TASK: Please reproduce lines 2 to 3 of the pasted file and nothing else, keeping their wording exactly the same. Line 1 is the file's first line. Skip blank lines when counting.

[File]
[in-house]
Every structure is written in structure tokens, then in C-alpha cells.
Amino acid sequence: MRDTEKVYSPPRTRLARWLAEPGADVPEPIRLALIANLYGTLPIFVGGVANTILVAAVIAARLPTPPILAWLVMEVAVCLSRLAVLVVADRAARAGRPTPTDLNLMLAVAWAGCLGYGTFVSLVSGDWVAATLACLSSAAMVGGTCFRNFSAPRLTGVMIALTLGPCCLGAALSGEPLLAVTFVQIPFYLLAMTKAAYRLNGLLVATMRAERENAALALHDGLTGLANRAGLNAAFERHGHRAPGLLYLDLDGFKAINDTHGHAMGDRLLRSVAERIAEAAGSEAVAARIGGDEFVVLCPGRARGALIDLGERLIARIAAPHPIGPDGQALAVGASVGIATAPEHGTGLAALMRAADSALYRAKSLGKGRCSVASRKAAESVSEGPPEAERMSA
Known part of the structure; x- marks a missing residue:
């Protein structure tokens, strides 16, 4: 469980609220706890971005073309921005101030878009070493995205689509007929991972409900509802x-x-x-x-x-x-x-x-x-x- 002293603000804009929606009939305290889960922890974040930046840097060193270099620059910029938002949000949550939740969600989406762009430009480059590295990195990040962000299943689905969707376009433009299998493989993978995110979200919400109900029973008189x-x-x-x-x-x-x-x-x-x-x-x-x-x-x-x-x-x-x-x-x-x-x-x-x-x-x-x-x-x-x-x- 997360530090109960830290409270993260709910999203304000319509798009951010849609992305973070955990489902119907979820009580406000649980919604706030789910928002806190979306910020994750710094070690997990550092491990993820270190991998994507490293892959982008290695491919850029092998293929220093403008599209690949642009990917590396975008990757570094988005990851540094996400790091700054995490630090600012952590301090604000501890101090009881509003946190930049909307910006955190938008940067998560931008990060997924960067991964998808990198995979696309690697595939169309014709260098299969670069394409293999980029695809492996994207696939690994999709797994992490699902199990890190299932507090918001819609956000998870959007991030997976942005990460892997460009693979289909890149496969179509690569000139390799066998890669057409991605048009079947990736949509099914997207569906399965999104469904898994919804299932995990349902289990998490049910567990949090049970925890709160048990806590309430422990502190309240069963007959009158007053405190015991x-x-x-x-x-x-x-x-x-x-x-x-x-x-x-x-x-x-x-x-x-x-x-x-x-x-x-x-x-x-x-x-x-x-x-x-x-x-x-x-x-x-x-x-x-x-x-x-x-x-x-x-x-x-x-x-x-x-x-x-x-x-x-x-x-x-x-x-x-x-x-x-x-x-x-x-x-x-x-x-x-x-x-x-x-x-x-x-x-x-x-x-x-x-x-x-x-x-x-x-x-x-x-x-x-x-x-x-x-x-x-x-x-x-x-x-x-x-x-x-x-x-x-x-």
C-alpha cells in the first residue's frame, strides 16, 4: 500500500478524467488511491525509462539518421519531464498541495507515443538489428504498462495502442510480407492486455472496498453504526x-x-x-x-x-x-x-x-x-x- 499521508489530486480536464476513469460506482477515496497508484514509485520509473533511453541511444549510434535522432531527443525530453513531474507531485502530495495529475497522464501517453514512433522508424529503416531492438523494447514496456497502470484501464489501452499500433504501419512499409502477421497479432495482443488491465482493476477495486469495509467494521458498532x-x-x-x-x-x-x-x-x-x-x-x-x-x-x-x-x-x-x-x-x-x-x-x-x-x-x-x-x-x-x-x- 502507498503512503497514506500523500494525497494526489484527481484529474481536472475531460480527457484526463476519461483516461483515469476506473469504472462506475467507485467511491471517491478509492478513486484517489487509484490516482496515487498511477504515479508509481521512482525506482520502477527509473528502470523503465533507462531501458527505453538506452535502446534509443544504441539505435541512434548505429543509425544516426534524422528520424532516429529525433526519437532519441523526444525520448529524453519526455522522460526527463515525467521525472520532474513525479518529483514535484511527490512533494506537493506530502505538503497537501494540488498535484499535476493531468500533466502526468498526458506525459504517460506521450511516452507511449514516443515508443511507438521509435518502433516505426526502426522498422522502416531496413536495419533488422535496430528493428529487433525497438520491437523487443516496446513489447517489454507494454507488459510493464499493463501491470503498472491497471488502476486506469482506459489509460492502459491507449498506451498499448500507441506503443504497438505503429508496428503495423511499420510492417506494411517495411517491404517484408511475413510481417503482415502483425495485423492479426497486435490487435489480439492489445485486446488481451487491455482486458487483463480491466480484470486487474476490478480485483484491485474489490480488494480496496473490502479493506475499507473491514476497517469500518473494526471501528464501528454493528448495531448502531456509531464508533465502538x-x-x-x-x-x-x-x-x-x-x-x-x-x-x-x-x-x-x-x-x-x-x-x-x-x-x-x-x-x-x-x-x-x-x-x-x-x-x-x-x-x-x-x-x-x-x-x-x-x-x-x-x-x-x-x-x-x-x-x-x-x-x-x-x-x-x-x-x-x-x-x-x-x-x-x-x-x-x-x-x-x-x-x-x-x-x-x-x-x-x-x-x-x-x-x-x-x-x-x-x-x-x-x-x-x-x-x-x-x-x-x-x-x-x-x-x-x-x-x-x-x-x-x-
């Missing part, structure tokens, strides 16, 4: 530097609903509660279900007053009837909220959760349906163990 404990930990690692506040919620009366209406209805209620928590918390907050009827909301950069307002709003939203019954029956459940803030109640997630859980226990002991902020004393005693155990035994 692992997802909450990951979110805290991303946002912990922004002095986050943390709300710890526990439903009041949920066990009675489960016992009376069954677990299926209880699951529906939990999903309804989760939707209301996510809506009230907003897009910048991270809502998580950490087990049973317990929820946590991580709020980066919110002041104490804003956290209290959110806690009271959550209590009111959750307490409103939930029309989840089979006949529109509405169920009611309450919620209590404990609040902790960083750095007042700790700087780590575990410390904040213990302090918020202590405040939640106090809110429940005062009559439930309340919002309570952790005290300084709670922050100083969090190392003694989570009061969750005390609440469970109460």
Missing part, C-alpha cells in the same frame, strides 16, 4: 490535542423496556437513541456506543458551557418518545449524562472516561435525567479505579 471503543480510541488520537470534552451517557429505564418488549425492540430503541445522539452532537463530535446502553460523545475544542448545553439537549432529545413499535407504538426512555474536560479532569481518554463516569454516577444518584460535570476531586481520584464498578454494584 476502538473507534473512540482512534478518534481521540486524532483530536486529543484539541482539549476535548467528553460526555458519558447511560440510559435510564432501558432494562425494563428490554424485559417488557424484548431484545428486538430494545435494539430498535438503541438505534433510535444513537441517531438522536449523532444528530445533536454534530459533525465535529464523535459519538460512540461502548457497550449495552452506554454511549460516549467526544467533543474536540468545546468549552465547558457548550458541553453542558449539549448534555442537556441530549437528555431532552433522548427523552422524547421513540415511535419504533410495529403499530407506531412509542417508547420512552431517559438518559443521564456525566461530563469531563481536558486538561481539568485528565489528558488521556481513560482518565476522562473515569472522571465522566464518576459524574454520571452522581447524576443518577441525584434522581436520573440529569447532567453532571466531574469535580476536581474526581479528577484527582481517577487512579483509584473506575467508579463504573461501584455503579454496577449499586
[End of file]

Every structure is written in structure tokens, then in C-alpha cells.
Amino acid sequence: MRDTEKVYSPPRTRLARWLAEPGADVPEPIRLALIANLYGTLPIFVGGVANTILVAAVIAARLPTPPILAWLVMEVAVCLSRLAVLVVADRAARAGRPTPTDLNLMLAVAWAGCLGYGTFVSLVSGDWVAATLACLSSAAMVGGTCFRNFSAPRLTGVMIALTLGPCCLGAALSGEPLLAVTFVQIPFYLLAMTKAAYRLNGLLVATMRAERENAALALHDGLTGLANRAGLNAAFERHGHRAPGLLYLDLDGFKAINDTHGHAMGDRLLRSVAERIAEAAGSEAVAARIGGDEFVVLCPGRARGALIDLGERLIARIAAPHPIGPDGQALAVGASVGIATAPEHGTGLAALMRAADSALYRAKSLGKGRCSVASRKAAESVSEGPPEAERMSA